Other than knowing the correct gender of a noun in German, one of the other difficulties is knowing how to form its plural! This, at least to me, seems more complicated than in English, French, or Russian. Der Die Das is a great application to know the test the gender of a noun, while apps like Babel and (potentially) Memrise state the article when studying a new noun.

However, no one seems too interested in testing one’s ability in the plural of a noun, other than this German Noun Quiz. So I decided to throw together a simple proof-of-concept to determine if in fact such an application would be beneficial (to me at least) für Deutsch lernen.

As far as I can see, there are two possible implementations:

  1. The application displays a word, say Buch, the the user needs to type in the correct answer, in this case Bücher.
  2. The application displays a word, again Buch, and the user has the option of choosing the correct answer from, say, four answers, three of which are incorrect. So, Buch, Buchs, Buchen, and Bücher.

For this simple demo, I’m going to implement option one. Now, as this will be a typing-based game, I’d sooner use it on my laptop than smartphone, so I’m going to (initially) design it as a desktop application. An native application doesn’t make much sense to me, so I’m going to design it in HTML, with a possible view to, say, Facebook integration.

The HTML file is very simple, and basically displays the question in a header, lets the user answer in a text box, and displays the score below in a paragraph

<!DOCTYPE html>
    <meta charset="utf-8" />
    <title>Hello World</title>
    <script defer type="application/javascript" src="js/GermanPlurals.js"></script>
    <h1 id="questionWord">Question Word</h1>
    <p>Enter the plural: <INPUT TYPE="TEXT" id="answer"><BR><BR>
      <INPUT TYPE="BUTTON" Value="Submit" onclick="checkAnswer(this.form)"></p>
    <p id="score>"></p>

while all the computation happens in the javascript file GermanPlurals.js

//array of words (in their singular form)
var singularWords = ["Das Buch", "Der Mann", "Die Frau", "Das Kind"];
//and an array of their plural forms
var pluralWords = ["Bücher", "Männer", "Frauen", "Kinder"];

//variables to the question word, answer, and score HTML elements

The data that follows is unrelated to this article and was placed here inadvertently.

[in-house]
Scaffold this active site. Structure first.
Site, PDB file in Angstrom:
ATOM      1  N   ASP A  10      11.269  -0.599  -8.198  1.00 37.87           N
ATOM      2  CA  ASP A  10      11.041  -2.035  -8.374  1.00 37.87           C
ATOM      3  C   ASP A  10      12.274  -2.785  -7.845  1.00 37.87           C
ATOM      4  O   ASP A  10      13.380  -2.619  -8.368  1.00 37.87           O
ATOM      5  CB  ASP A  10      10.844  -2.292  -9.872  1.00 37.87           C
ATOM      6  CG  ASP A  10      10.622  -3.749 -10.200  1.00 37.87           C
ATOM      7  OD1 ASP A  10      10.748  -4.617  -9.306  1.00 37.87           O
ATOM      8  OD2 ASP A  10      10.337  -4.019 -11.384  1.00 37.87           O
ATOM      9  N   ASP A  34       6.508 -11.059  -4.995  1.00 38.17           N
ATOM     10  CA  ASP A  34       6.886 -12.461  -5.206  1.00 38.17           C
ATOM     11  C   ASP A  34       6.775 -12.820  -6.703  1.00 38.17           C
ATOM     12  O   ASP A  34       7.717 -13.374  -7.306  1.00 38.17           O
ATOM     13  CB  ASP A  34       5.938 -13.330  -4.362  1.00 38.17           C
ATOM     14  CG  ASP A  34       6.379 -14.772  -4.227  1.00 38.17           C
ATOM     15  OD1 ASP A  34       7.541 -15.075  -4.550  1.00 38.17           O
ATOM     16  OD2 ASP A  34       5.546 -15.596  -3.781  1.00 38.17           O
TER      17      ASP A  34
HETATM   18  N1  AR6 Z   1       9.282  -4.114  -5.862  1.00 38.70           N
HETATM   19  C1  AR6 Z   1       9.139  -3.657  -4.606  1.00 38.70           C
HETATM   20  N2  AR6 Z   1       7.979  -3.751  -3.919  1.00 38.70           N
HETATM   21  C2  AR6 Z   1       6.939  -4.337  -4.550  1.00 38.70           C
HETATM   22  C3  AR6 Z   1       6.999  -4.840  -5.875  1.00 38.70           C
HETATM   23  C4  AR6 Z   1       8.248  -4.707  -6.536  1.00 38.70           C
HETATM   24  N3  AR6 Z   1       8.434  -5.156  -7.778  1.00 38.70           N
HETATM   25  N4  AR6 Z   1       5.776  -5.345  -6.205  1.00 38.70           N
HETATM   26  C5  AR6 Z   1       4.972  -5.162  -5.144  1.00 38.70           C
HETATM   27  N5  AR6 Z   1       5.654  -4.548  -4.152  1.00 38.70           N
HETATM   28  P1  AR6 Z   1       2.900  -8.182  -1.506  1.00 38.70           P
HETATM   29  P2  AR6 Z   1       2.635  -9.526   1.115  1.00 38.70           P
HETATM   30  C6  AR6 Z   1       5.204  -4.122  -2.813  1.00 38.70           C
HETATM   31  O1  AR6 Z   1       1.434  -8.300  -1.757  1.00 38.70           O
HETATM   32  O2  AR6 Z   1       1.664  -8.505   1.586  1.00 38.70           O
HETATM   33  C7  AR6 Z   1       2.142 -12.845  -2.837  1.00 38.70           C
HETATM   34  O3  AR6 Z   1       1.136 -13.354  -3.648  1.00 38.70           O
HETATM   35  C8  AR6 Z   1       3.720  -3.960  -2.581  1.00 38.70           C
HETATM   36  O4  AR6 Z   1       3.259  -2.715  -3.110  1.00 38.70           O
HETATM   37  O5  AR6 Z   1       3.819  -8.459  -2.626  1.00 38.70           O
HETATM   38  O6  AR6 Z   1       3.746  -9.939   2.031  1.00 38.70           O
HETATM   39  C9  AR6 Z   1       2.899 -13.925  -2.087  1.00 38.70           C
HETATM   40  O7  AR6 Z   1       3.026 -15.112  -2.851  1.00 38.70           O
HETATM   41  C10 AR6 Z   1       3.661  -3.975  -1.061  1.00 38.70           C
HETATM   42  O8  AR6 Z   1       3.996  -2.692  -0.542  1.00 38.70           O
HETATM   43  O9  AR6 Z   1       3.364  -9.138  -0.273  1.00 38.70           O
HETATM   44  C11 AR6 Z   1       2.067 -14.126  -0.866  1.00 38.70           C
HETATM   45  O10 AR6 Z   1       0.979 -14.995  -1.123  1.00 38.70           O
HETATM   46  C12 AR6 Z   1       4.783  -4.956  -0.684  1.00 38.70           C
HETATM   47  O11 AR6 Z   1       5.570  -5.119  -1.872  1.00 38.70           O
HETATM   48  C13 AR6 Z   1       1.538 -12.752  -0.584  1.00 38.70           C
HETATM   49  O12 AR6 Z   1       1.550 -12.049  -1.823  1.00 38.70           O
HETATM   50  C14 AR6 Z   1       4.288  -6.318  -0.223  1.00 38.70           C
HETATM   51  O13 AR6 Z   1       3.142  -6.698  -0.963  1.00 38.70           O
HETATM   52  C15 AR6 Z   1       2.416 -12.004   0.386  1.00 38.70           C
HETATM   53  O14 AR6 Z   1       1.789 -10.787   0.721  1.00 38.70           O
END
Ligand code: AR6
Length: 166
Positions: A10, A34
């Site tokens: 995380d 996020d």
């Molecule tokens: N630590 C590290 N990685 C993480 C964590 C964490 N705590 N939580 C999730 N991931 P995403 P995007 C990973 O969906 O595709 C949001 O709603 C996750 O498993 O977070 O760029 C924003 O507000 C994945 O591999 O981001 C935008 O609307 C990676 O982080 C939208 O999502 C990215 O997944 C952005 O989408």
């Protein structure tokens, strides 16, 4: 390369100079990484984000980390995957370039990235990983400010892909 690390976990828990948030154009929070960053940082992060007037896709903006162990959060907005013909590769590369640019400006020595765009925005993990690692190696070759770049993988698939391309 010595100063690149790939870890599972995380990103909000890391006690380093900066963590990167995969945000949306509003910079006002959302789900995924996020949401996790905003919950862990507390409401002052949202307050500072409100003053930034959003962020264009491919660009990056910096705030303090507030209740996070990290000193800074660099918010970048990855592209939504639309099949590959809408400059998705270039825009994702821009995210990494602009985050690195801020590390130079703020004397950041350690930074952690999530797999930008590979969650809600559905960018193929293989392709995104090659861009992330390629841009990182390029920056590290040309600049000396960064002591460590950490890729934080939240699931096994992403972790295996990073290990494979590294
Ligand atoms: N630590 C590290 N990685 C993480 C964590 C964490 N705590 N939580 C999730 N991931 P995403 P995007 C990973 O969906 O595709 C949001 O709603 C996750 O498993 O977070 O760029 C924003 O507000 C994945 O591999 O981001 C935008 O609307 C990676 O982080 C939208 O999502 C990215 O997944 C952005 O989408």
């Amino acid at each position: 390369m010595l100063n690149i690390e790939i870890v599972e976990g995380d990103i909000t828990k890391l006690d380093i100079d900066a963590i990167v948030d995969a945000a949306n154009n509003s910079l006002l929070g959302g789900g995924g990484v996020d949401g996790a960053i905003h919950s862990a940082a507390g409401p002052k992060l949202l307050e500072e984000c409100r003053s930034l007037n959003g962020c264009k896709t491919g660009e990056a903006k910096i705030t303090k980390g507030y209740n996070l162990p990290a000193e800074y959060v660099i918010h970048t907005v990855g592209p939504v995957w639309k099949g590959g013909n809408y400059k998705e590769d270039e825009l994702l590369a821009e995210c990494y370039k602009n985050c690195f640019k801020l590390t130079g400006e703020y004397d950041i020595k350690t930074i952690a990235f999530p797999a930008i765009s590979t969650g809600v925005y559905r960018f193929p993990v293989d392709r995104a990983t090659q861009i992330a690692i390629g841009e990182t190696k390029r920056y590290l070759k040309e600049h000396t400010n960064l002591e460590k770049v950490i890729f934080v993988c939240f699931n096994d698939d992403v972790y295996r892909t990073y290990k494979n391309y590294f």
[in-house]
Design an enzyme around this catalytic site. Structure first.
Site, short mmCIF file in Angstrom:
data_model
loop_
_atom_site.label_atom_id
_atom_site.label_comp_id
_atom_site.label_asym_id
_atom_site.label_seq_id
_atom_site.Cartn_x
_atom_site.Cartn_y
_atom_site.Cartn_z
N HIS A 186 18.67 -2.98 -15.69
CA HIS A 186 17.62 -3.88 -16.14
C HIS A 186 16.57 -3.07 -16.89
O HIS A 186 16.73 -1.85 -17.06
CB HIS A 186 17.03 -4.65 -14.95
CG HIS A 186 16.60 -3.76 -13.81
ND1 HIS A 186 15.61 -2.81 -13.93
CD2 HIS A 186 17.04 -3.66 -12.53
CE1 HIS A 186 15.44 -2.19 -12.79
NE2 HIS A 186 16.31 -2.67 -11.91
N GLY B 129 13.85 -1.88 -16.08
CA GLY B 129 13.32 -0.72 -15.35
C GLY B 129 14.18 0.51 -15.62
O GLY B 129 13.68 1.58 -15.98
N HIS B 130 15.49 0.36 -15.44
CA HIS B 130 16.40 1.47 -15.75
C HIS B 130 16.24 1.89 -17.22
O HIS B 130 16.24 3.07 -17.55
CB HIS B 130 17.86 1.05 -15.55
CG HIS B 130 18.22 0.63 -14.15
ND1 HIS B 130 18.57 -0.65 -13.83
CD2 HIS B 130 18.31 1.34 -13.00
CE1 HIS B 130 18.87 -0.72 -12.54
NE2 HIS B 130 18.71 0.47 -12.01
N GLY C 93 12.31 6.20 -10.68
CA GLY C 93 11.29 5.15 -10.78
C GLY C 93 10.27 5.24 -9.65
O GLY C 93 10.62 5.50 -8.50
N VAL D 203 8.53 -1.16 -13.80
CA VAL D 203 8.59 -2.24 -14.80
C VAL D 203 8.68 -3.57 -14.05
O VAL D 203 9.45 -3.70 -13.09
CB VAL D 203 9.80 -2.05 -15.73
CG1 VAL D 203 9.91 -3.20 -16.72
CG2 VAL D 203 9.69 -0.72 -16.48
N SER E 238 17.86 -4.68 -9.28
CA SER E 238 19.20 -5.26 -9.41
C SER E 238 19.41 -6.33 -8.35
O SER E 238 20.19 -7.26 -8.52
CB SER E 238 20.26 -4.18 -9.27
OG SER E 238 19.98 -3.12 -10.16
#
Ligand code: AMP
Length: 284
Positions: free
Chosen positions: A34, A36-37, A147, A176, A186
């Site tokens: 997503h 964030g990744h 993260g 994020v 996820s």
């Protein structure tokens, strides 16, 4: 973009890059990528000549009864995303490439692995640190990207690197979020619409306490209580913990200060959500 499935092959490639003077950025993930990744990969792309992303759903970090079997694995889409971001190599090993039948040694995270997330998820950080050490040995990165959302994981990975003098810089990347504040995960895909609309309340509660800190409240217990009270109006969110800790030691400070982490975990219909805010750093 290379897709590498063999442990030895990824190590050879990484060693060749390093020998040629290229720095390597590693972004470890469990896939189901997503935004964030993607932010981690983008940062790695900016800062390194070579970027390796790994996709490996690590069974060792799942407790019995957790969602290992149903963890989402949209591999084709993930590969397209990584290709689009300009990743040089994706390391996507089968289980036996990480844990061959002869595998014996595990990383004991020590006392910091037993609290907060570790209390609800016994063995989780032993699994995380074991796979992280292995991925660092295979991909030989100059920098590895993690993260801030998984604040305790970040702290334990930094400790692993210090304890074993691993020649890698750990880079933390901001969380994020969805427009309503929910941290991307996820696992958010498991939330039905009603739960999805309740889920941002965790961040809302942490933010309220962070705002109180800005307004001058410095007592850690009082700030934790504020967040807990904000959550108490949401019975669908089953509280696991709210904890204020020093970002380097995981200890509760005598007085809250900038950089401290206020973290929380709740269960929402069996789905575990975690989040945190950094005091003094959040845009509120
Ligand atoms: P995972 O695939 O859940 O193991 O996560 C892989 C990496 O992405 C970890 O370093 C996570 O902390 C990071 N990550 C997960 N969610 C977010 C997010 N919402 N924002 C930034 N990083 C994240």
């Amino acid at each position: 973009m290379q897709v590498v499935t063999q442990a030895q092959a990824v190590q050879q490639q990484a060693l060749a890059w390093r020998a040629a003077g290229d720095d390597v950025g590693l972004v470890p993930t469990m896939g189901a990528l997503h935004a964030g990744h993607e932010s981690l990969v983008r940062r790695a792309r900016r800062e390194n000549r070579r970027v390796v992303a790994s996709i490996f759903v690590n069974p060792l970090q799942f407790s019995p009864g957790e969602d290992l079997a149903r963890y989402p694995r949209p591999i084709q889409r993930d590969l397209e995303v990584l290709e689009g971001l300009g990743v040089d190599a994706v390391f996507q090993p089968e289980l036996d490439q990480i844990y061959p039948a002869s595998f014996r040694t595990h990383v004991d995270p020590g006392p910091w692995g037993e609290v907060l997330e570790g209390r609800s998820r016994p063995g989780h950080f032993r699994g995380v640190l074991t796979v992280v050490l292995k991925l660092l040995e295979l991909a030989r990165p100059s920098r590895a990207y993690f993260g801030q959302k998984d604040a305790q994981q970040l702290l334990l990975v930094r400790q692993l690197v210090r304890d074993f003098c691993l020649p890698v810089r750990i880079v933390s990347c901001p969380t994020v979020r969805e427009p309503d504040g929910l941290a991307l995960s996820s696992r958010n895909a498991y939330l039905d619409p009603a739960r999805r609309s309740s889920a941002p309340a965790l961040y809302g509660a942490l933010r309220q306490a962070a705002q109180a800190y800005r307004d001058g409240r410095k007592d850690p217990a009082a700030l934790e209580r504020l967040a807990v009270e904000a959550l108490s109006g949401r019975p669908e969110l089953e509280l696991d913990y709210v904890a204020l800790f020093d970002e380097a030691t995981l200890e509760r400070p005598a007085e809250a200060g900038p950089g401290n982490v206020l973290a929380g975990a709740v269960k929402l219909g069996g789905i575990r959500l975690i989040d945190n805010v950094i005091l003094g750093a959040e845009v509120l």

var questionWord = document.getElementById("questionWord");
var answer = document.getElementById("answer");
var scoreElement = document.getElementById("score");

//a variable to note which word we are quizzing
var questionIndex;
//and a variable to keep count of the user''s score
var userScore = 0;

//initialize the game by setting up the next question

//this function sets up the next question
function setUpNextQuestion()
    //generate a random index from 0 to 3
    questionIndex = Math.floor( Math.random()*4 );

    //set the word at this position as the question word
    questionWord.innerHTML = singularWords[questionIndex];
    //and set the user''s current score
    scoreElement.innerHTML = "Your current score is " + userScore;

//this function checks the submitted answer
function checkAnswer(e)
    //check the supplied answer against the correct answer
    //generally we'd convert both to lower case to counteract any
    //case issues but in German nouns are always capitalized...
    if( answer.value == pluralWords[questionIndex] )
        console.log("your answer is " + answer + " but the correct
        answer is " + pluralWords[questionIndex] );

    //remove previous answer and setup next question
    answer.value = "";

And our very basic game is then operational!

One annoying thing is that the ENTER key doesn’t work by default to submit the answer. This can be fixed by adding the simple script

<script type="text/javascript">
//check answer (or whatever was typed) when enter button is pressed
document.onkeypress = function checkIfEnterWasPressed(key)
  if(key.which == 13)

to the HEAD of the HTML document.

So the proof of concept is operational, and, if it had a larger dictionary, I believe it would be a useful study tool. Although German Noun’s Quiz is already quite a fully-functioning application (singular and plural), it requires the purchase of noun packs for 99¢ each. Thus I feel that a fully-developed plurals-testing application could have its own (small) place in the market if free and fun to play.